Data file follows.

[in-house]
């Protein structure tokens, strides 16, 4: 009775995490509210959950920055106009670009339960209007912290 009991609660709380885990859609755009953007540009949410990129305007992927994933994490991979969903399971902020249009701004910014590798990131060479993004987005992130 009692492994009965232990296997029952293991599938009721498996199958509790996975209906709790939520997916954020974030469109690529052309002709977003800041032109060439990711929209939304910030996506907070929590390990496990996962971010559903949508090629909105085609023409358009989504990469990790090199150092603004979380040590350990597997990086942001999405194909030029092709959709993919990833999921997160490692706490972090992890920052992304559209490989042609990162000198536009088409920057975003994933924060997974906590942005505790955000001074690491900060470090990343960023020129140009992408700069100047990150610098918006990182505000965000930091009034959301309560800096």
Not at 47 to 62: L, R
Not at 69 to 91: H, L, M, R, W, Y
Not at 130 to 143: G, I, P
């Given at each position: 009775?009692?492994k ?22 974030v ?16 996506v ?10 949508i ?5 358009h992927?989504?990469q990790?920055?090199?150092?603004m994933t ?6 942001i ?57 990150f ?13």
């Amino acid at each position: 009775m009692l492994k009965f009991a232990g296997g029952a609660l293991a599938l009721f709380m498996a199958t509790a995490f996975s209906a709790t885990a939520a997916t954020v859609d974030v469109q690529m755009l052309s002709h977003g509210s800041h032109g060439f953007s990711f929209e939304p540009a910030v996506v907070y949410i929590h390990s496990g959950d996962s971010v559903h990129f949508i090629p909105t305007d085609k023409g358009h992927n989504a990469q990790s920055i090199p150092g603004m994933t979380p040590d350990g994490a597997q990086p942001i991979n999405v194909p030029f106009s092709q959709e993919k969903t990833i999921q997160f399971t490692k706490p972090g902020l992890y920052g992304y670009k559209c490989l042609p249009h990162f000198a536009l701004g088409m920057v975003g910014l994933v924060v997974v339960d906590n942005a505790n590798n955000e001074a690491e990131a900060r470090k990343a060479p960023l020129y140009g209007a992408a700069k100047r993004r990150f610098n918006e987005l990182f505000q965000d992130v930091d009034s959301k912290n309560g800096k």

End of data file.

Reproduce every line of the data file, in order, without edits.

[in-house]
């Protein structure tokens, strides 16, 4: 009775995490509210959950920055106009670009339960209007912290 009991609660709380885990859609755009953007540009949410990129305007992927994933994490991979969903399971902020249009701004910014590798990131060479993004987005992130 009692492994009965232990296997029952293991599938009721498996199958509790996975209906709790939520997916954020974030469109690529052309002709977003800041032109060439990711929209939304910030996506907070929590390990496990996962971010559903949508090629909105085609023409358009989504990469990790090199150092603004979380040590350990597997990086942001999405194909030029092709959709993919990833999921997160490692706490972090992890920052992304559209490989042609990162000198536009088409920057975003994933924060997974906590942005505790955000001074690491900060470090990343960023020129140009992408700069100047990150610098918006990182505000965000930091009034959301309560800096």
Not at 47 to 62: L, R
Not at 69 to 91: H, L, M, R, W, Y
Not at 130 to 143: G, I, P
């Given at each position: 009775?009692?492994k ?22 974030v ?16 996506v ?10 949508i ?5 358009h992927?989504?990469q990790?920055?090199?150092?603004m994933t ?6 942001i ?57 990150f ?13």
């Amino acid at each position: 009775m009692l492994k009965f009991a232990g296997g029952a609660l293991a599938l009721f709380m498996a199958t509790a995490f996975s209906a709790t885990a939520a997916t954020v859609d974030v469109q690529m755009l052309s002709h977003g509210s800041h032109g060439f953007s990711f929209e939304p540009a910030v996506v907070y949410i929590h390990s496990g959950d996962s971010v559903h990129f949508i090629p909105t305007d085609k023409g358009h992927n989504a990469q990790s920055i090199p150092g603004m994933t979380p040590d350990g994490a597997q990086p942001i991979n999405v194909p030029f106009s092709q959709e993919k969903t990833i999921q997160f399971t490692k706490p972090g902020l992890y920052g992304y670009k559209c490989l042609p249009h990162f000198a536009l701004g088409m920057v975003g910014l994933v924060v997974v339960d906590n942005a505790n590798n955000e001074a690491e990131a900060r470090k990343a060479p960023l020129y140009g209007a992408a700069k100047r993004r990150f610098n918006e987005l990182f505000q965000d992130v930091d009034s959301k912290n309560g800096k």